Andrei Lankov is a very well-known North Korea analyst, and has been the most outspoken in his optimism for the economic reform measures known as the “May 30th measures”. However, in his latest article for NK News, he says that he’s noticed that some reforms have been scaled back, and is worried. Maybe since farming has been improving, he wonders if they think that they shouldn’t fix what’s not broken, and leave things as they are, or if it’s because of mounting pressure from those around him.
NK Today has put their own commentary on a YTN report on North Korean “luxury products” like handbags, and shoes –things that are normally on a sanctioned list– are now being made with ostrich leather. As you may know, North Korea is big on ostrich farms, and some ostrich meat has been used at some of their 옥류관 chains to make 불고기, which is normally made with pork instead.
On June 3rd, Wednesday, the South Korean government put out a stern statement against the corporations who did not comply with their demands to NOT pay the North Koreans the 5% they had requested illegally without consulting the South Korean government. Investigations have been in progress during this time, and we are awaiting a verdict.
North Korea is building two more electrical plants for the capital, to increase the electrical output, as a sign to show that its nation is prospering and getting better.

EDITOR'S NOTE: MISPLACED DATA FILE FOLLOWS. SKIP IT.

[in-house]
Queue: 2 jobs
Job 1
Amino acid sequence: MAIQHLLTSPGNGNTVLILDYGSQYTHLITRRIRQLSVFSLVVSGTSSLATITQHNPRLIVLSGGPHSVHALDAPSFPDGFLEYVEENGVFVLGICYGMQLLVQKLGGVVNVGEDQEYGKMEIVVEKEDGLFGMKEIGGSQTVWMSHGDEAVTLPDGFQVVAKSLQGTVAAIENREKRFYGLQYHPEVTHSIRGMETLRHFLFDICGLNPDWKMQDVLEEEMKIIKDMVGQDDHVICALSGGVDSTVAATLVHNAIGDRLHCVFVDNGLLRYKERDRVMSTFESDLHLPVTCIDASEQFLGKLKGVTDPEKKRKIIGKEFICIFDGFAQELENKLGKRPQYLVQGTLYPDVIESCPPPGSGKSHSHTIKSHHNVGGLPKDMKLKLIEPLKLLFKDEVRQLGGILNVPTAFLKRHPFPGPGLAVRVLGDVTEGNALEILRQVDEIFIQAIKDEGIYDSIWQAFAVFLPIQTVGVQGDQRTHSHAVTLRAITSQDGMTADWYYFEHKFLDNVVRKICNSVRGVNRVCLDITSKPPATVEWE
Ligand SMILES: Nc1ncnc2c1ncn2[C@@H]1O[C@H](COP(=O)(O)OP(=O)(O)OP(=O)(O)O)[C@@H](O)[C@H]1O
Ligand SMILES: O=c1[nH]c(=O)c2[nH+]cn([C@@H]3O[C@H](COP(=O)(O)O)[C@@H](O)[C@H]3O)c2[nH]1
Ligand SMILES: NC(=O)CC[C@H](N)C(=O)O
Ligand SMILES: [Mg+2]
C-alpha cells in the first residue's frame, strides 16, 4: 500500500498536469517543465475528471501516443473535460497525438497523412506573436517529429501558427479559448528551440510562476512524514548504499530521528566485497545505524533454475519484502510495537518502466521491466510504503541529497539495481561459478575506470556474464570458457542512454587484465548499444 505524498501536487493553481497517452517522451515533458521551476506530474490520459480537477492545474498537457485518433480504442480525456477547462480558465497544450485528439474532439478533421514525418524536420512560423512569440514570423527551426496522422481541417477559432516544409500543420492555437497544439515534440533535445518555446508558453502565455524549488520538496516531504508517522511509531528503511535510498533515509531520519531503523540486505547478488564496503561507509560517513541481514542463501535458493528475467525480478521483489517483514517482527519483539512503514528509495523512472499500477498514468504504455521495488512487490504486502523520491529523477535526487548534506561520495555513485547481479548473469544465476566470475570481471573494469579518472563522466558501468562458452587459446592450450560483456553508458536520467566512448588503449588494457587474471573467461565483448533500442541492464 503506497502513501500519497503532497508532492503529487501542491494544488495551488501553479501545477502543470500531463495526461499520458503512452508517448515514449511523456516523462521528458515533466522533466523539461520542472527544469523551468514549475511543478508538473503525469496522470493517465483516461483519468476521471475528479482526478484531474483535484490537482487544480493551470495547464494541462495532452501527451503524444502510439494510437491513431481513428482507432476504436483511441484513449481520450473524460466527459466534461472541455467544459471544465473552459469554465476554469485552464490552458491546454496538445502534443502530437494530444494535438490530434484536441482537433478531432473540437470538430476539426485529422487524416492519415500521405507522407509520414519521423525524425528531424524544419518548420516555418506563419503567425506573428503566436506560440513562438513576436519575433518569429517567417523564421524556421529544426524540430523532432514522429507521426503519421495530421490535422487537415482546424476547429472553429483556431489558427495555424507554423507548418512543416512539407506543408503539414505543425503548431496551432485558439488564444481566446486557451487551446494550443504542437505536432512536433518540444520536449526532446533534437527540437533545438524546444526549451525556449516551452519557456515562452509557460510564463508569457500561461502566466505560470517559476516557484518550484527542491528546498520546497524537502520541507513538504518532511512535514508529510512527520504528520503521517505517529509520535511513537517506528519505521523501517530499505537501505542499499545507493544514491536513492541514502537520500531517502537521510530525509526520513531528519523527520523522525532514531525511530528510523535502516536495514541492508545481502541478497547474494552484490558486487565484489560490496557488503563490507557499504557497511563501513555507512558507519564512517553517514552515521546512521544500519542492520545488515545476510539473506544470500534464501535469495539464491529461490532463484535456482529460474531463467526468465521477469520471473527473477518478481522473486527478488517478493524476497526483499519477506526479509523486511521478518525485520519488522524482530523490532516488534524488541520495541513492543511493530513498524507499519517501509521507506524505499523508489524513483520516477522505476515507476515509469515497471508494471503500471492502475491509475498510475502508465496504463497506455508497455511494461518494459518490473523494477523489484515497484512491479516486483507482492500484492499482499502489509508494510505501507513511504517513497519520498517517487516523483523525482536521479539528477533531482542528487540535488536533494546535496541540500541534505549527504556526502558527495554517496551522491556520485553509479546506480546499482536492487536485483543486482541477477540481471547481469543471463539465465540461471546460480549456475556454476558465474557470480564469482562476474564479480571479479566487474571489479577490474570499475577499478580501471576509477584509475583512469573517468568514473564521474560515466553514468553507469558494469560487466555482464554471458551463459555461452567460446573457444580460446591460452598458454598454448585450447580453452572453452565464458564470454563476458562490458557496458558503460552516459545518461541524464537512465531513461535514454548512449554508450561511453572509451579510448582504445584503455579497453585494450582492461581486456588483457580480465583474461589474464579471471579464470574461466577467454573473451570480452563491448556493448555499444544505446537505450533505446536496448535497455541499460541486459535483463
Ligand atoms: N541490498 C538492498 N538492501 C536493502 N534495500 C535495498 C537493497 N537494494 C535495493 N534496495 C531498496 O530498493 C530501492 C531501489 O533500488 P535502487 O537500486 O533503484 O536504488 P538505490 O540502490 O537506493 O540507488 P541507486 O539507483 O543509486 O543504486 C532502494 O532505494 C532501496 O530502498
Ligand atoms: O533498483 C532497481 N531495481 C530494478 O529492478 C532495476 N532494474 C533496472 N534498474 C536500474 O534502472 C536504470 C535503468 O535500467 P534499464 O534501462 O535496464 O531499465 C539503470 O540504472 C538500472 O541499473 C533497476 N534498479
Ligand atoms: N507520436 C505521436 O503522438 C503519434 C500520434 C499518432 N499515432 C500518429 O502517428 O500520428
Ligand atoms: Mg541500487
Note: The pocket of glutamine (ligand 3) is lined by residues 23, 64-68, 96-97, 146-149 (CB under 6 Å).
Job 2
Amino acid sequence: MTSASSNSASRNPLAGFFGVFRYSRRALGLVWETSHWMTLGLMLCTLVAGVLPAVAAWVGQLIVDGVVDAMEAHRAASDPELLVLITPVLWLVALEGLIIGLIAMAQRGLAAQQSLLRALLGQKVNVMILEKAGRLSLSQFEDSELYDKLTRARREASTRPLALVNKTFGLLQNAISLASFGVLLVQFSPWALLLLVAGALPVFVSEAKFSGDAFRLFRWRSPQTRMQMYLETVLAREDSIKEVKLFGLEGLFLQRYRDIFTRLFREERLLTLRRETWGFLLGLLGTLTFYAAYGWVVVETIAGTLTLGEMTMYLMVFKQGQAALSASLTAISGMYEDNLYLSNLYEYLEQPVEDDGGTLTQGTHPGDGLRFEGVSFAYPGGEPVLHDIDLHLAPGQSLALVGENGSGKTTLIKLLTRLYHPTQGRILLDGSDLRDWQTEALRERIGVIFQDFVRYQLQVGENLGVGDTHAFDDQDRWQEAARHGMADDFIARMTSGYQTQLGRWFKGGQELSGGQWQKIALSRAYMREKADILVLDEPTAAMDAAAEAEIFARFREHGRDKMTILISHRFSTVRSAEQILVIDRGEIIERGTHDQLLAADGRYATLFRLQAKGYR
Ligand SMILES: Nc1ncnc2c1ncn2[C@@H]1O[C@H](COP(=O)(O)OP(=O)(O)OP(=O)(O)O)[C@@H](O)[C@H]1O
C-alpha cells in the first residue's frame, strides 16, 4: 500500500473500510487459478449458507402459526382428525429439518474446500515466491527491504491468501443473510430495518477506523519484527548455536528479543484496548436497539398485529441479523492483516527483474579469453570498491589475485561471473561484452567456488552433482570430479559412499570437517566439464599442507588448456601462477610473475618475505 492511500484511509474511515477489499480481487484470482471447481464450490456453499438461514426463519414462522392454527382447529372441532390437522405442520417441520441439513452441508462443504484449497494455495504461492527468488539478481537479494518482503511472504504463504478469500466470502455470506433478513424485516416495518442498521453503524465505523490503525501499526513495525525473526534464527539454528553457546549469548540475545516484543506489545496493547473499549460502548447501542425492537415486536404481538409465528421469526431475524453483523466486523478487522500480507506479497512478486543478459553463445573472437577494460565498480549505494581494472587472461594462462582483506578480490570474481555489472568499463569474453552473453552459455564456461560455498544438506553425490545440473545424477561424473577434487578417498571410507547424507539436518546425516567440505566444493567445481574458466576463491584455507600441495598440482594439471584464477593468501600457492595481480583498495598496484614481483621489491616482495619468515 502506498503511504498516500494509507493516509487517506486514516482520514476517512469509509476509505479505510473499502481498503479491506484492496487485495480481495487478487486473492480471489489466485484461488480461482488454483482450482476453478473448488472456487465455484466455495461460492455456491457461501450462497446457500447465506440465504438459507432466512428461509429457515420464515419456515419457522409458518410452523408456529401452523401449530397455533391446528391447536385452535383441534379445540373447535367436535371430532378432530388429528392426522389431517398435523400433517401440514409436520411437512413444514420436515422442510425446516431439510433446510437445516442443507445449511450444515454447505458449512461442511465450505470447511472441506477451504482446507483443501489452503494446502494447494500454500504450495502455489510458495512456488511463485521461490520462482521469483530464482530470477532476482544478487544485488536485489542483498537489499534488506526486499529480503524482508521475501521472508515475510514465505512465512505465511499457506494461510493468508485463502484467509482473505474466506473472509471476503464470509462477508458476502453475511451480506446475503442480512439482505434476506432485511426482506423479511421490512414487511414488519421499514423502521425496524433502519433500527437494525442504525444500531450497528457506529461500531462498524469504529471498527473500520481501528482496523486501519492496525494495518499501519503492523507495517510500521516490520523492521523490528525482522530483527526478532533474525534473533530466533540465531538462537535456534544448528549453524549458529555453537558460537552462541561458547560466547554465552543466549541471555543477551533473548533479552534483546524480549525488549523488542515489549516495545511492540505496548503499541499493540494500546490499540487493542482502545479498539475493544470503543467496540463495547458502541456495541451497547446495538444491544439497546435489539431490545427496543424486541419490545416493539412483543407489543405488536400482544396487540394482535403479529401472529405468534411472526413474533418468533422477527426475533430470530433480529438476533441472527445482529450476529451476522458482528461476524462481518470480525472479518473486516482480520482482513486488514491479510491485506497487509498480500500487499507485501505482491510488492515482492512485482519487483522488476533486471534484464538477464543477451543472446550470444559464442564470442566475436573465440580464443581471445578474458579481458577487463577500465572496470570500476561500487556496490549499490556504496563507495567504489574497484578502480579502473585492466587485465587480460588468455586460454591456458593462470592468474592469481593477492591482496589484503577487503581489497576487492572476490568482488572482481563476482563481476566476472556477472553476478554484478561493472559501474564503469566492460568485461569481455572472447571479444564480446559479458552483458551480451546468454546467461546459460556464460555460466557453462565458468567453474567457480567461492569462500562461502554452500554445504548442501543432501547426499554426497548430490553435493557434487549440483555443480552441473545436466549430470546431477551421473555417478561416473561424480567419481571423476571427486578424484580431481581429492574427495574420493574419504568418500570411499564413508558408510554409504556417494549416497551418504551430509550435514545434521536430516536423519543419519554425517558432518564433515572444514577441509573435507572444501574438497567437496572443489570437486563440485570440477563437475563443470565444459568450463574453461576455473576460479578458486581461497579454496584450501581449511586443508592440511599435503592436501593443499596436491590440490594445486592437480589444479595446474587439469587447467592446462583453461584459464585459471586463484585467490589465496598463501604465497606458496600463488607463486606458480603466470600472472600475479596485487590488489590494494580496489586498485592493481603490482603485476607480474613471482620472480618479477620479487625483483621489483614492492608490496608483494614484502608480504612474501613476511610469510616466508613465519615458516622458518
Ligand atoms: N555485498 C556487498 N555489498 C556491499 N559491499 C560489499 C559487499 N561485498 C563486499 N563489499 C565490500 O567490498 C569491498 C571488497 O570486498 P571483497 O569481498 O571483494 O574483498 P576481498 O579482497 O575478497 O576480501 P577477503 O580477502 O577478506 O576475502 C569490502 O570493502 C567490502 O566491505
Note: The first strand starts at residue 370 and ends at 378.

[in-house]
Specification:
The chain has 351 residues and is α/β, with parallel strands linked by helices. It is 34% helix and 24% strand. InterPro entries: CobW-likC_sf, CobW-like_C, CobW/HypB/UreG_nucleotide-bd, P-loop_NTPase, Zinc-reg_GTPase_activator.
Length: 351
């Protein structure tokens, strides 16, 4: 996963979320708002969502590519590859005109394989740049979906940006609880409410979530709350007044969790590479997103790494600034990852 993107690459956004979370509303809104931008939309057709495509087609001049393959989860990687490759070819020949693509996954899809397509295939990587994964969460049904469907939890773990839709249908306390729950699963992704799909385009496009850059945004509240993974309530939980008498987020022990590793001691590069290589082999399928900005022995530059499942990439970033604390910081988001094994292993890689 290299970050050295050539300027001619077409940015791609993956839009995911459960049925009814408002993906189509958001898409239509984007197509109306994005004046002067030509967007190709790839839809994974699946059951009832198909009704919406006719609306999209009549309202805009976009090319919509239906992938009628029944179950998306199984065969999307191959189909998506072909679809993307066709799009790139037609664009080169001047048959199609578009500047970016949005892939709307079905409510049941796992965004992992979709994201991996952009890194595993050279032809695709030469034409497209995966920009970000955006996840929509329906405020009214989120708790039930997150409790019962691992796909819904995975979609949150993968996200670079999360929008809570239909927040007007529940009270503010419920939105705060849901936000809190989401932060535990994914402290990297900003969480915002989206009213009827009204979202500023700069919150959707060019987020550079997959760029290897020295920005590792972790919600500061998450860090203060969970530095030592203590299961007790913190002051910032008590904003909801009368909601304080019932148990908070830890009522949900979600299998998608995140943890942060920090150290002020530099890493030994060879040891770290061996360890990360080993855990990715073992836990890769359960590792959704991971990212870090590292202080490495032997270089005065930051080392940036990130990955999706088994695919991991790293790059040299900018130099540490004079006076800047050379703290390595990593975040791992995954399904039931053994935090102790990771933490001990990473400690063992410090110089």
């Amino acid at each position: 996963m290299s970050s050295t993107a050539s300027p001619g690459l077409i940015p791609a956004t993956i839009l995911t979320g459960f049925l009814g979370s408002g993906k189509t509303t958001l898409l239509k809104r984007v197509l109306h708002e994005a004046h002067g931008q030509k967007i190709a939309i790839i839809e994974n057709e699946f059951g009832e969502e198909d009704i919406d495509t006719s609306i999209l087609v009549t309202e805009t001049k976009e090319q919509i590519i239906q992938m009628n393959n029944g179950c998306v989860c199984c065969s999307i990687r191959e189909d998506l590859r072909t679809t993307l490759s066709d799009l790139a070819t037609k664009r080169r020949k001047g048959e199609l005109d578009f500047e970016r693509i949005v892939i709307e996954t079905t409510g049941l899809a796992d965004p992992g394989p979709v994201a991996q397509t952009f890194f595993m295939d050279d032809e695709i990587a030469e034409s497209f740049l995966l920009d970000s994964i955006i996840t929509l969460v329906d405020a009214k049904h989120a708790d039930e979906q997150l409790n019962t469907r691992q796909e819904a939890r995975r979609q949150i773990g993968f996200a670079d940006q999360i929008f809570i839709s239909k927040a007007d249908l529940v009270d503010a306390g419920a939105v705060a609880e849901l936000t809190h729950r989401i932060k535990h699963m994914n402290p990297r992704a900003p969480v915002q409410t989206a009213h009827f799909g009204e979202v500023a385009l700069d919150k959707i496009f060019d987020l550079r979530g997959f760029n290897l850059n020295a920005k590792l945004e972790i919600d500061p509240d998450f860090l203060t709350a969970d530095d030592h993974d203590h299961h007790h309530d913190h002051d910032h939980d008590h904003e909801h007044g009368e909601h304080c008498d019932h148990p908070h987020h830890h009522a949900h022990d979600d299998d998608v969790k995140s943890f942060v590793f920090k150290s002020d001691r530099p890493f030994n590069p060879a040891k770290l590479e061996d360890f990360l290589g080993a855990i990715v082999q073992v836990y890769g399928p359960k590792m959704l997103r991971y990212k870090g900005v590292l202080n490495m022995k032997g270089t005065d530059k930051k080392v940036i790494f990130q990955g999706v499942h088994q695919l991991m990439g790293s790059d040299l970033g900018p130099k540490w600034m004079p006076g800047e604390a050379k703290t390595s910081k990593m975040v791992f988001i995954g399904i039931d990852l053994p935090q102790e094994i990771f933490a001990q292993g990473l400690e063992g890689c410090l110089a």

Reuters has a piece on the increasing consumerism in North Korea. Places to hang out, nice, flashy buildings… Until the electricity runs out. For instance, there are some “24-hour” coffeeshops, but they may turn you away, because there isn’t enough electricity to run their kitchens.
In the fourth quarter of last year, trade between North Korea and Russia was at $3-million USD, while it fell dramatically to $500,000 in the first quarter of this year, according to NK News. Most of North Korea’s imports from Russia were food imports.
요! Here’s the 411 on North Korea’s propaganda and information flow!
The US had accidentally sent live anthrax to South Korea, and North Korean media last Tuesday, wasn’t happy, saying that they were trying to committ biological warfare on the Korean people. Luckily, they didn’t conflate that issue with the Middle-East Respiratory Syndrome (MERS) issue, where 2 South Koreans have already passed away.
Regarding the drought mentioned earlier, North Korea has released some propaganda posters about the subject.
Overseas North Korean laborers are technically under tight surveillance, and they are supposed to receive a lot of political education, to make sure they don’t become “corrupted” by outside ideals. However in reality, everybody’s watching South Korean and American TV programs and movies.
김여정 (金與正/Kim Yo-jong), the younger sister to 김정은(金正恩/Kim, Jong-Un), is believed to be the head of the Propoganda Department.
Do you know where the Supreme Leader might be? [(PAWStamp) “A CLUE! A CLUE!”]
And the only thing we have for this section is a link to the Kim, Jong-Un Looks at Things Tumblr Blog. This time, he’s looking at a flight instructor.
Now, we’ll get to North-South relations, reunification issues, life in North Korea, & refugee matters.
The three-day exposition on Unification issues at 광화문광장 (光化門廣場/GwanghwaMun Plaza) ended last Sunday. There was information on the Korean War, 개성공업지구 (開城工業地區/Kaesong Industrial Complex), and they heard personal accounts from some 이산 가족 (divided families of the Korean War).
NK Today has an interesting look into North Korean-run schools in Japan, and discusses their current situation even after the Japanese government’s crackdown on their overlying organization, “總聯” (총련/Chongryon).